One month after the FBI proclaimed it had shut down an anonymous online marketplace called “Silk Road,” a new version has appeared on the Internet with drugs, phony passports and other items for sale.
Federal agents seized the site early last month, posting a message where the online portal’s front page had previously been located, announcing that the site had been seized. The suspected mastermind behind Silk Road was arrested in California, but Ross William Ulbricht, 29, has denied the charges.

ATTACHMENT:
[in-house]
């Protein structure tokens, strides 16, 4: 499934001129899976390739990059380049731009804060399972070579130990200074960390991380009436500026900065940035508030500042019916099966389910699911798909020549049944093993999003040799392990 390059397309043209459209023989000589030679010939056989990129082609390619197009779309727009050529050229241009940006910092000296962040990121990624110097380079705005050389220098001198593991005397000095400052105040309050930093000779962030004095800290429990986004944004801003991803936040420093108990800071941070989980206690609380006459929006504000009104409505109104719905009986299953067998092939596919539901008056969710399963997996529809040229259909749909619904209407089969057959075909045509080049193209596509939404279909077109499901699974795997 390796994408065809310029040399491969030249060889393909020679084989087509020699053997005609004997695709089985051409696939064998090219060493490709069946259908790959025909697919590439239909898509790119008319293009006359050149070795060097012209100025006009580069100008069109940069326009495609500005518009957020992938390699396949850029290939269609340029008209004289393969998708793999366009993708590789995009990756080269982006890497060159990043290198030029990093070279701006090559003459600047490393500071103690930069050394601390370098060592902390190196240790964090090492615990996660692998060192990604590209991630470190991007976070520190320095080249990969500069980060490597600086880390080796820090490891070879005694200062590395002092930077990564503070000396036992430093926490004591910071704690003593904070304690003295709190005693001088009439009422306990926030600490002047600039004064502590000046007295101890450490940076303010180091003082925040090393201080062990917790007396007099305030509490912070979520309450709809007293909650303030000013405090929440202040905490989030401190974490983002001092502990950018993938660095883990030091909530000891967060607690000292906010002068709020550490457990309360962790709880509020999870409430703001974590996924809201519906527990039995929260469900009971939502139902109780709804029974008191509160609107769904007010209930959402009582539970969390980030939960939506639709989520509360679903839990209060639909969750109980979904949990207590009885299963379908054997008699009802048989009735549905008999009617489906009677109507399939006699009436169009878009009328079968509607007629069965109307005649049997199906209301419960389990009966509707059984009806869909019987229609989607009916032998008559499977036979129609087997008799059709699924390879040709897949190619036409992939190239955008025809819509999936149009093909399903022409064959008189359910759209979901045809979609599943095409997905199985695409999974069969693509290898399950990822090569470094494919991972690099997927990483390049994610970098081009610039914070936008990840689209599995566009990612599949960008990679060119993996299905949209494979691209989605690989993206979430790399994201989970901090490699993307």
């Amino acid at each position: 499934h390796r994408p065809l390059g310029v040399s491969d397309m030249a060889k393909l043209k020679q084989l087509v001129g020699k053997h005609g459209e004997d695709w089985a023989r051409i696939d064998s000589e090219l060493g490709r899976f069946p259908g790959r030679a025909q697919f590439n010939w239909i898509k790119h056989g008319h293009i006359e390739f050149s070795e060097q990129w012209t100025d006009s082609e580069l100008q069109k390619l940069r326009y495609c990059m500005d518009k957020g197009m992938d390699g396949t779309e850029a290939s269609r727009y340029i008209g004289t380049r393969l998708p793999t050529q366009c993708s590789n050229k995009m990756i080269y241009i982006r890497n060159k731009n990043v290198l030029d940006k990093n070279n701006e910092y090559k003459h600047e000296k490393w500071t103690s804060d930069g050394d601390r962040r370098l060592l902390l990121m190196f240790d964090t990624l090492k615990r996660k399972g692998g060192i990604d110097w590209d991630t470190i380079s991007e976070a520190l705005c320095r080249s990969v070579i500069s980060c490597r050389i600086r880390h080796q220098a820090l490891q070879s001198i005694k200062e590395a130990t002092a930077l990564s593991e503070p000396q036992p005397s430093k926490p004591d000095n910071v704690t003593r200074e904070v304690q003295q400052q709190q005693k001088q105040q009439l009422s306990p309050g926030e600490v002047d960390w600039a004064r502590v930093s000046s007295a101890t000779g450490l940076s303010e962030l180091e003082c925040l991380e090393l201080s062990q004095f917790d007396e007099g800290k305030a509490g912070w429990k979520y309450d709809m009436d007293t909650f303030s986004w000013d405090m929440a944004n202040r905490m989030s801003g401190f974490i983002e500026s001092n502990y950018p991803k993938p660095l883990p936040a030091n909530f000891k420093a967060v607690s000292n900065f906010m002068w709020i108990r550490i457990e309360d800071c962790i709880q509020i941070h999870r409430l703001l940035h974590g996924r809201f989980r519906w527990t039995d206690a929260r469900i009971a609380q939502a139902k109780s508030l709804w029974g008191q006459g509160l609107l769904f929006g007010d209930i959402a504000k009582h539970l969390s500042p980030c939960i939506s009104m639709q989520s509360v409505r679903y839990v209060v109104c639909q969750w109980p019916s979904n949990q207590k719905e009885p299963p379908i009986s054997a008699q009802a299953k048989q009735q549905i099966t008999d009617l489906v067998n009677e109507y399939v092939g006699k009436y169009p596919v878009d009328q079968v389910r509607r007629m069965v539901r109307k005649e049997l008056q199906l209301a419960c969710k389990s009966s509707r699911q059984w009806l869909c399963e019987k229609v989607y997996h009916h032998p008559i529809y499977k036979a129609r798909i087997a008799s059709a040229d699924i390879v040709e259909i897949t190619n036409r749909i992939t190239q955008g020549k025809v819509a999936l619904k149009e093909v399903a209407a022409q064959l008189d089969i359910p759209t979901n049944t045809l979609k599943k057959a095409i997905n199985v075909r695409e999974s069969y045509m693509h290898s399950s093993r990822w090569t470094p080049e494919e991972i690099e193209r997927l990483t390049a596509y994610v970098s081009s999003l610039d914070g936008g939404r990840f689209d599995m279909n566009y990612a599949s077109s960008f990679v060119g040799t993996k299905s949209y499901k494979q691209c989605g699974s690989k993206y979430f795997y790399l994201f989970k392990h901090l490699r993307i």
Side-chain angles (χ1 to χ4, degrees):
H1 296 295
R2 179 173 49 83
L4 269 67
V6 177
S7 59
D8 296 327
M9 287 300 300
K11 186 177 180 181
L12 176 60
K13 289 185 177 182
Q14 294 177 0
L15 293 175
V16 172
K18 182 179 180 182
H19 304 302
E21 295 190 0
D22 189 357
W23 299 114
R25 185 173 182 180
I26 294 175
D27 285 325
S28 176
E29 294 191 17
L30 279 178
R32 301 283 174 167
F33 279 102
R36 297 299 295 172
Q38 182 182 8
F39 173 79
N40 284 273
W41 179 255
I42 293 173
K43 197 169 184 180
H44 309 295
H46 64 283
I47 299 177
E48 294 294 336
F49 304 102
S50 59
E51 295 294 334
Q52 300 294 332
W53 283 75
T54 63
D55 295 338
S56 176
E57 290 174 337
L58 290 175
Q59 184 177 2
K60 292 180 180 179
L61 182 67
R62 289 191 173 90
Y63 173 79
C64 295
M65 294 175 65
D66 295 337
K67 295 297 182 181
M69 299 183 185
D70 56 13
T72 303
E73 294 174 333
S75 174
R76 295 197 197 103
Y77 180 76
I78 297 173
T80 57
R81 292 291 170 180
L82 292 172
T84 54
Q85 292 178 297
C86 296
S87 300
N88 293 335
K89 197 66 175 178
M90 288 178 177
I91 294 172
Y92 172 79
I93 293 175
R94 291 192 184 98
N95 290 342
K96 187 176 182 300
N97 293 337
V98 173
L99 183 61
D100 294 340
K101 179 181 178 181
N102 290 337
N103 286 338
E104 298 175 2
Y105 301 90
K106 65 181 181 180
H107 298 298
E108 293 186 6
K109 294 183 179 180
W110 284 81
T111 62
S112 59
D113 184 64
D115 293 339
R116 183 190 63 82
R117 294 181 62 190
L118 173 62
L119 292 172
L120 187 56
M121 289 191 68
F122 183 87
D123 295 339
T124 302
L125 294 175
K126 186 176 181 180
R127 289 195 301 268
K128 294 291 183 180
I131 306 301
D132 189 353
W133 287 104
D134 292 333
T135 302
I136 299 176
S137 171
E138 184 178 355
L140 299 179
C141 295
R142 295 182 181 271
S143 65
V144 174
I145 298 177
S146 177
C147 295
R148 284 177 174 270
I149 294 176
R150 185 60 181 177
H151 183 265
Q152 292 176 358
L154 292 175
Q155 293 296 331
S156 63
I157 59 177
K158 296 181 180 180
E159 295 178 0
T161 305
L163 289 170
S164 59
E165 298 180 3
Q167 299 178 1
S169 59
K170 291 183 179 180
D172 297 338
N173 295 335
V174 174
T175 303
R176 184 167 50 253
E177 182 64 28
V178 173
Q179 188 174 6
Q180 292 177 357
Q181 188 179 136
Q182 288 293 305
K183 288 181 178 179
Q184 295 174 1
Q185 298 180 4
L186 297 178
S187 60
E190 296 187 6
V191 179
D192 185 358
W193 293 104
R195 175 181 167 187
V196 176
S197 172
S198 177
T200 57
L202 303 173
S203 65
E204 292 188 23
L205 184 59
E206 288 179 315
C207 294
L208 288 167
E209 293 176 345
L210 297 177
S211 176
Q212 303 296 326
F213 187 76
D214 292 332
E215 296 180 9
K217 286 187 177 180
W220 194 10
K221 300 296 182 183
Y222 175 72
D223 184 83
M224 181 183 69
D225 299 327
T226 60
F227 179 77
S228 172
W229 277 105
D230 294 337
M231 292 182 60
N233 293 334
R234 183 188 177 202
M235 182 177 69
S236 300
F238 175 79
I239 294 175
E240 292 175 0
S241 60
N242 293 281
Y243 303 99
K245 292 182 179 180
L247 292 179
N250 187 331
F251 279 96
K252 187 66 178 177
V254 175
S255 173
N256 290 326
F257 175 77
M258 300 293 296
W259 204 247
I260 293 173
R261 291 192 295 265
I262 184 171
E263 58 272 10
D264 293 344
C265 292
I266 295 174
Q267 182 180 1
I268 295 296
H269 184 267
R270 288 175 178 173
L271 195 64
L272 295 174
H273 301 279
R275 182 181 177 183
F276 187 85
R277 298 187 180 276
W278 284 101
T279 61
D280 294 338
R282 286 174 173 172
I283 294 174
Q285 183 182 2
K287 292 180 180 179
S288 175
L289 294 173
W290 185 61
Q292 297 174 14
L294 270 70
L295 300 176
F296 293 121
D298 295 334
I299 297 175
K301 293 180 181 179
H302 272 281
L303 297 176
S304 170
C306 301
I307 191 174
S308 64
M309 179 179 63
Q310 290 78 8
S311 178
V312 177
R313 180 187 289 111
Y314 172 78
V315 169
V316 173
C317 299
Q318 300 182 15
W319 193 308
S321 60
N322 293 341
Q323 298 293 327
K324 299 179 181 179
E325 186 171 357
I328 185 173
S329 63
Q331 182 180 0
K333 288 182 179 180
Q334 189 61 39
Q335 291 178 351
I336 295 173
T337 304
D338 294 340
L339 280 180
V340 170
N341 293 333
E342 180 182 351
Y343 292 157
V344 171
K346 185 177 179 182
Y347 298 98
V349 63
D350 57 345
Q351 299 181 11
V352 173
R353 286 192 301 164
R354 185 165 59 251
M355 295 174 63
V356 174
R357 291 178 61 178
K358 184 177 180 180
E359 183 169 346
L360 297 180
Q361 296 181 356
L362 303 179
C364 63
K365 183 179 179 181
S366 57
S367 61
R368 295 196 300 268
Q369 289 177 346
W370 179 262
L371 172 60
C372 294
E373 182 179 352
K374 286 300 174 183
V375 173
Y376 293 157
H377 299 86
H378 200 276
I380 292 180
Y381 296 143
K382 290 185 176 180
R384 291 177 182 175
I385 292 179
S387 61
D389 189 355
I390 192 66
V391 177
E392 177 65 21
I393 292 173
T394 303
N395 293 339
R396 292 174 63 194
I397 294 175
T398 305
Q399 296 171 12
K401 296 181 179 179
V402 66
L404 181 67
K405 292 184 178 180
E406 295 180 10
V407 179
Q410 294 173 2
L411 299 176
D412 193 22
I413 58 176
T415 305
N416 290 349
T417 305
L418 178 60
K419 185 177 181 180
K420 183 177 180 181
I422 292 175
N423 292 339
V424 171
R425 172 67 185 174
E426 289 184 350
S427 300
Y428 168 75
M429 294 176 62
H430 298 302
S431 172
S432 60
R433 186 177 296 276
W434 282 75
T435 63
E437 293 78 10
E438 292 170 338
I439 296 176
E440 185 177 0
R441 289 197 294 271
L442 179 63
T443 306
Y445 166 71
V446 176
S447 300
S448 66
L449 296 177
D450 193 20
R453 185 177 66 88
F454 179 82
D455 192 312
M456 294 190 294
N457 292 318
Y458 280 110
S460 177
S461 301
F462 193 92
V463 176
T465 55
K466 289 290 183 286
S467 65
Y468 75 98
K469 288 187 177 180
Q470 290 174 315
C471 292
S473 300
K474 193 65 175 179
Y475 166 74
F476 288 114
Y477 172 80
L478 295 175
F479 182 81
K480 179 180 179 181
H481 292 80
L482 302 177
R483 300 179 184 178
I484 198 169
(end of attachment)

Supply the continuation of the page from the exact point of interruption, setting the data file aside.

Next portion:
Social media sites like Reddit and Twitter lit up Wednesday with Internet observers reporting they had found a new version of Silk Road now up and running. The site called itself “Silk Road 2.0” and contained a message that read, “We rise again.”
A British newspaper reported it found phony passports and drugs for sale on the new site.
Ulbricht has been transferred from California to New York to await trial on federal conspiracy, computer hacking and narcotics trafficking charges. Federal agents said they tracked $1.2 billion in transactions on the original site, which uses an anonymous technology that makes it difficult to track individual users.
The new Silk Road portal uses a similar anonymous technology, which requires users to download a special web browser that masks the identity of computers that log onto the site.